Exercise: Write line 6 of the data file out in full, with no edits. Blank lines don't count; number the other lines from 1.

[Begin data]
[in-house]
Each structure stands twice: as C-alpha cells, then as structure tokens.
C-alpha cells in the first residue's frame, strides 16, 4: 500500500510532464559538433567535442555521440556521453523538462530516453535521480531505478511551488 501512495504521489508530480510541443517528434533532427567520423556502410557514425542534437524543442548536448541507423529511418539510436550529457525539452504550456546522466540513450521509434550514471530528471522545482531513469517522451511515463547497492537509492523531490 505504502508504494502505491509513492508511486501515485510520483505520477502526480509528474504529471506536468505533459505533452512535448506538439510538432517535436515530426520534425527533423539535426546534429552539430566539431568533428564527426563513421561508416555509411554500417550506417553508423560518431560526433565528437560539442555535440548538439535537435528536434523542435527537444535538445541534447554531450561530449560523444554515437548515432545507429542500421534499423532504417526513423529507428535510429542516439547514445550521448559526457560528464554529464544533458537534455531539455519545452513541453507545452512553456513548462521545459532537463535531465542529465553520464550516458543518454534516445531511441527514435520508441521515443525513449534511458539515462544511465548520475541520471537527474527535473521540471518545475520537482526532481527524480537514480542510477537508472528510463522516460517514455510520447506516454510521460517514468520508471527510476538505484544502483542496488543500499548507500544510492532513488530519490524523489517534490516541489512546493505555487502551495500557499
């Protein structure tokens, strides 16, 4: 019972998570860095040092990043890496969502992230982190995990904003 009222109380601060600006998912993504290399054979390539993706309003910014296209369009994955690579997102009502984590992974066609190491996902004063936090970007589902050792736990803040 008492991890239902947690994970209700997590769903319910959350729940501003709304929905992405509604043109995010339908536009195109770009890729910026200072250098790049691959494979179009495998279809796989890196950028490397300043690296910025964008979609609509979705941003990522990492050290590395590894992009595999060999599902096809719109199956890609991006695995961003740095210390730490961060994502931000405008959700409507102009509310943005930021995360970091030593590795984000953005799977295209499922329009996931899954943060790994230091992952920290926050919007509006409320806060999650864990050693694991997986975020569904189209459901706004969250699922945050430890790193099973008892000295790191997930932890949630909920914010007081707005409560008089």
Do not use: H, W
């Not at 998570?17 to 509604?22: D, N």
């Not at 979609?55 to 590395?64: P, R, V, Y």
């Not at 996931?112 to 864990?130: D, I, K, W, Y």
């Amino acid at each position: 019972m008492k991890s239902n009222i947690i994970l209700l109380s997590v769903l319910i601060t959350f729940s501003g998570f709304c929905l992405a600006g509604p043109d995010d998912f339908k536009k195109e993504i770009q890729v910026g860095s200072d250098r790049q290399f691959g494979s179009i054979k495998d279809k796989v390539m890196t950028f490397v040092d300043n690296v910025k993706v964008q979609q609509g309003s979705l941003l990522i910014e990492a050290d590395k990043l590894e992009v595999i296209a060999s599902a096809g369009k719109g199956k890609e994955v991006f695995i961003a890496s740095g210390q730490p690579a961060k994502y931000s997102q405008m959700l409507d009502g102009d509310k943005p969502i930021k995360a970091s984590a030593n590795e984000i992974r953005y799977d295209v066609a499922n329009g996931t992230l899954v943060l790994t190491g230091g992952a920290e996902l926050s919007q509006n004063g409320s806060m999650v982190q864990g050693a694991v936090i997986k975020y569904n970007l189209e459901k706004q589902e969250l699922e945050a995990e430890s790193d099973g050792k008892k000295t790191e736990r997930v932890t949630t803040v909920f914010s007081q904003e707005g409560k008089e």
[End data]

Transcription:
């Not at 998570?17 to 509604?22: D, N």